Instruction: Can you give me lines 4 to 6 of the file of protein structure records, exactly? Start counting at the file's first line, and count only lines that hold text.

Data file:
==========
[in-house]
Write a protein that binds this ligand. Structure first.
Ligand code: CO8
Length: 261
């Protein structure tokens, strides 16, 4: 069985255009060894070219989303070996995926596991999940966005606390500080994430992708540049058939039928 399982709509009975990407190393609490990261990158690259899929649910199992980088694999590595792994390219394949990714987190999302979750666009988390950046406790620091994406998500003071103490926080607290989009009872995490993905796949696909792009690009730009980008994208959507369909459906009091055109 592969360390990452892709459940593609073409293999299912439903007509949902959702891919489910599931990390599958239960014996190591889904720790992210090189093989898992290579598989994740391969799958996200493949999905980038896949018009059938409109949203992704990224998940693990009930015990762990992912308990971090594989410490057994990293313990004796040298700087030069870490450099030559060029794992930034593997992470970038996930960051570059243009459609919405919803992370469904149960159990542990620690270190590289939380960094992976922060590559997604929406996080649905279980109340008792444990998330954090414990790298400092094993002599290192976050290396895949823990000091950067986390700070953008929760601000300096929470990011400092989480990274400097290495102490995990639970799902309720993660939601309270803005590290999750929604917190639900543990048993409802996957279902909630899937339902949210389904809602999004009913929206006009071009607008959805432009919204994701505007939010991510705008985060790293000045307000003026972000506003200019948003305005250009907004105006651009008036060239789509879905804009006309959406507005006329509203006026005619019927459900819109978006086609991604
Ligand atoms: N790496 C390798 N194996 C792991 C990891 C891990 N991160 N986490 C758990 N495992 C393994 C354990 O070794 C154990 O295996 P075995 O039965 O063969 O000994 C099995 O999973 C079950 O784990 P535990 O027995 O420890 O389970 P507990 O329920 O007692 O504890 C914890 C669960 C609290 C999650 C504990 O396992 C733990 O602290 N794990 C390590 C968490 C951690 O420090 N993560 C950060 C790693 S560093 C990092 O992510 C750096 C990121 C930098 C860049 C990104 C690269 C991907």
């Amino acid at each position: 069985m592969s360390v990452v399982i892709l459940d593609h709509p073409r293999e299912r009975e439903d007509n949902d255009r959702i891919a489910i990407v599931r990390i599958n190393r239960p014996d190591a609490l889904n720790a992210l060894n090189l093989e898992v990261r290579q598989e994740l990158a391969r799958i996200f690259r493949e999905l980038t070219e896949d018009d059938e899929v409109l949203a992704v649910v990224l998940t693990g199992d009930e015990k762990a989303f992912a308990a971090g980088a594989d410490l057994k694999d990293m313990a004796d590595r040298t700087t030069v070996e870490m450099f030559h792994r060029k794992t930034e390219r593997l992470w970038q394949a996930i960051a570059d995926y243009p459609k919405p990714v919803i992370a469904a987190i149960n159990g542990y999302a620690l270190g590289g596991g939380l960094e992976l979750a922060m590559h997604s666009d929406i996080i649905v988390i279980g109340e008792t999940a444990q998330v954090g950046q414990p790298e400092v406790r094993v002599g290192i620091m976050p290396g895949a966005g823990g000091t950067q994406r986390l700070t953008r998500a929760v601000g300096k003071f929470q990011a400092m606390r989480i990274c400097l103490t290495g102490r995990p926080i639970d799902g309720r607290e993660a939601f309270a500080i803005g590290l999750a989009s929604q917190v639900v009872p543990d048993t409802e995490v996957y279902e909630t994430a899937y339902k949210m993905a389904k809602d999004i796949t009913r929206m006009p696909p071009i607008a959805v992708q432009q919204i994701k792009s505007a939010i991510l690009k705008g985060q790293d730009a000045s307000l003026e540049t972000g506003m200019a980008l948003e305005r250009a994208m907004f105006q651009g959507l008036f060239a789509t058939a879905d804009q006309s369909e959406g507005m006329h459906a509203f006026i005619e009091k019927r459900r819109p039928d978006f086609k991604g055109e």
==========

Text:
Length: 261
């Protein structure tokens, strides 16, 4: 069985255009060894070219989303070996995926596991999940966005606390500080994430992708540049058939039928 399982709509009975990407190393609490990261990158690259899929649910199992980088694999590595792994390219394949990714987190999302979750666009988390950046406790620091994406998500003071103490926080607290989009009872995490993905796949696909792009690009730009980008994208959507369909459906009091055109 592969360390990452892709459940593609073409293999299912439903007509949902959702891919489910599931990390599958239960014996190591889904720790992210090189093989898992290579598989994740391969799958996200493949999905980038896949018009059938409109949203992704990224998940693990009930015990762990992912308990971090594989410490057994990293313990004796040298700087030069870490450099030559060029794992930034593997992470970038996930960051570059243009459609919405919803992370469904149960159990542990620690270190590289939380960094992976922060590559997604929406996080649905279980109340008792444990998330954090414990790298400092094993002599290192976050290396895949823990000091950067986390700070953008929760601000300096929470990011400092989480990274400097290495102490995990639970799902309720993660939601309270803005590290999750929604917190639900543990048993409802996957279902909630899937339902949210389904809602999004009913929206006009071009607008959805432009919204994701505007939010991510705008985060790293000045307000003026972000506003200019948003305005250009907004105006651009008036060239789509879905804009006309959406507005006329509203006026005619019927459900819109978006086609991604
Ligand atoms: N790496 C390798 N194996 C792991 C990891 C891990 N991160 N986490 C758990 N495992 C393994 C354990 O070794 C154990 O295996 P075995 O039965 O063969 O000994 C099995 O999973 C079950 O784990 P535990 O027995 O420890 O389970 P507990 O329920 O007692 O504890 C914890 C669960 C609290 C999650 C504990 O396992 C733990 O602290 N794990 C390590 C968490 C951690 O420090 N993560 C950060 C790693 S560093 C990092 O992510 C750096 C990121 C930098 C860049 C990104 C690269 C991907």